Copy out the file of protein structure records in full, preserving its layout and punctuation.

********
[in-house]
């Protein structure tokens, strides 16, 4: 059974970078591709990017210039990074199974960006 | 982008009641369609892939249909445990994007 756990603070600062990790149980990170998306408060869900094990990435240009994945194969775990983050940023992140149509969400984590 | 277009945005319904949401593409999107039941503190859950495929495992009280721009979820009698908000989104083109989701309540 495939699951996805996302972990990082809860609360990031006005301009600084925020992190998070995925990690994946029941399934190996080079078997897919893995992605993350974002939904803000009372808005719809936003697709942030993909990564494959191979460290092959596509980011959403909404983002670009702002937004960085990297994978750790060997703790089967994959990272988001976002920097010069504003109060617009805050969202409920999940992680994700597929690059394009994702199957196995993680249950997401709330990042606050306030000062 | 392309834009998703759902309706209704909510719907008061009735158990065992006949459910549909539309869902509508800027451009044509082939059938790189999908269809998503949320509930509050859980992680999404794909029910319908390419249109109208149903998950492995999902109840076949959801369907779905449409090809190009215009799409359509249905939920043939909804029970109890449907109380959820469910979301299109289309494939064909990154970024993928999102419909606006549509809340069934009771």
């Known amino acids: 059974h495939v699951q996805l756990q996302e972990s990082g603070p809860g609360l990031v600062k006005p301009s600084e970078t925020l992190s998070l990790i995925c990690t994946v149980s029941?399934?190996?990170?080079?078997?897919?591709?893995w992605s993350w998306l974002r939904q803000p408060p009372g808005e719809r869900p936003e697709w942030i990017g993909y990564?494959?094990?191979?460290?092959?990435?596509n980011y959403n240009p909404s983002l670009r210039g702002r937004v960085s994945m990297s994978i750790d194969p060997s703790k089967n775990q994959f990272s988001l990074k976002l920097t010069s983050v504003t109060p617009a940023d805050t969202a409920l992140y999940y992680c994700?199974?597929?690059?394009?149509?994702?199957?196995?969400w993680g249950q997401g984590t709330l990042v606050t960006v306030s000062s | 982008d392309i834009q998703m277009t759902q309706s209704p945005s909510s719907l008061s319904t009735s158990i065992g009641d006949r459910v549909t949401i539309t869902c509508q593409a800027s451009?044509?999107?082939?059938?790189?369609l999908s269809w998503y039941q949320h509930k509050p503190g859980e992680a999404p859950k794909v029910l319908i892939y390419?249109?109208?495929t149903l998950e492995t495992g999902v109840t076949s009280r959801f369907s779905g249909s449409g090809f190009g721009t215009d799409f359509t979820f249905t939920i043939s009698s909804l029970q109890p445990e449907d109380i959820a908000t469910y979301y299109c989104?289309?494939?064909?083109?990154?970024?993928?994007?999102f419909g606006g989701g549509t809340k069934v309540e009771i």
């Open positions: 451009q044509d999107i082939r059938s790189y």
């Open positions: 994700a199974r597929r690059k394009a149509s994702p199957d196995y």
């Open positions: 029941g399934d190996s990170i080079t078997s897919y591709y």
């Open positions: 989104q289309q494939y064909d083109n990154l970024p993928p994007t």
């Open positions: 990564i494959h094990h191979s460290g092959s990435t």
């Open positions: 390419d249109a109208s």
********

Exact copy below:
[in-house]
């Protein structure tokens, strides 16, 4: 059974970078591709990017210039990074199974960006 | 982008009641369609892939249909445990994007 756990603070600062990790149980990170998306408060869900094990990435240009994945194969775990983050940023992140149509969400984590 | 277009945005319904949401593409999107039941503190859950495929495992009280721009979820009698908000989104083109989701309540 495939699951996805996302972990990082809860609360990031006005301009600084925020992190998070995925990690994946029941399934190996080079078997897919893995992605993350974002939904803000009372808005719809936003697709942030993909990564494959191979460290092959596509980011959403909404983002670009702002937004960085990297994978750790060997703790089967994959990272988001976002920097010069504003109060617009805050969202409920999940992680994700597929690059394009994702199957196995993680249950997401709330990042606050306030000062 | 392309834009998703759902309706209704909510719907008061009735158990065992006949459910549909539309869902509508800027451009044509082939059938790189999908269809998503949320509930509050859980992680999404794909029910319908390419249109109208149903998950492995999902109840076949959801369907779905449409090809190009215009799409359509249905939920043939909804029970109890449907109380959820469910979301299109289309494939064909990154970024993928999102419909606006549509809340069934009771």
């Known amino acids: 059974h495939v699951q996805l756990q996302e972990s990082g603070p809860g609360l990031v600062k006005p301009s600084e970078t925020l992190s998070l990790i995925c990690t994946v149980s029941?399934?190996?990170?080079?078997?897919?591709?893995w992605s993350w998306l974002r939904q803000p408060p009372g808005e719809r869900p936003e697709w942030i990017g993909y990564?494959?094990?191979?460290?092959?990435?596509n980011y959403n240009p909404s983002l670009r210039g702002r937004v960085s994945m990297s994978i750790d194969p060997s703790k089967n775990q994959f990272s988001l990074k976002l920097t010069s983050v504003t109060p617009a940023d805050t969202a409920l992140y999940y992680c994700?199974?597929?690059?394009?149509?994702?199957?196995?969400w993680g249950q997401g984590t709330l990042v606050t960006v306030s000062s | 982008d392309i834009q998703m277009t759902q309706s209704p945005s909510s719907l008061s319904t009735s158990i065992g009641d006949r459910v549909t949401i539309t869902c509508q593409a800027s451009?044509?999107?082939?059938?790189?369609l999908s269809w998503y039941q949320h509930k509050p503190g859980e992680a999404p859950k794909v029910l319908i892939y390419?249109?109208?495929t149903l998950e492995t495992g999902v109840t076949s009280r959801f369907s779905g249909s449409g090809f190009g721009t215009d799409f359509t979820f249905t939920i043939s009698s909804l029970q109890p445990e449907d109380i959820a908000t469910y979301y299109c989104?289309?494939?064909?083109?990154?970024?993928?994007?999102f419909g606006g989701g549509t809340k069934v309540e009771i």
């Open positions: 451009q044509d999107i082939r059938s790189y």
């Open positions: 994700a199974r597929r690059k394009a149509s994702p199957d196995y």
């Open positions: 029941g399934d190996s990170i080079t078997s897919y591709y």
């Open positions: 989104q289309q494939y064909d083109n990154l970024p993928p994007t």
């Open positions: 990564i494959h094990h191979s460290g092959s990435t």
């Open positions: 390419d249109a109208s």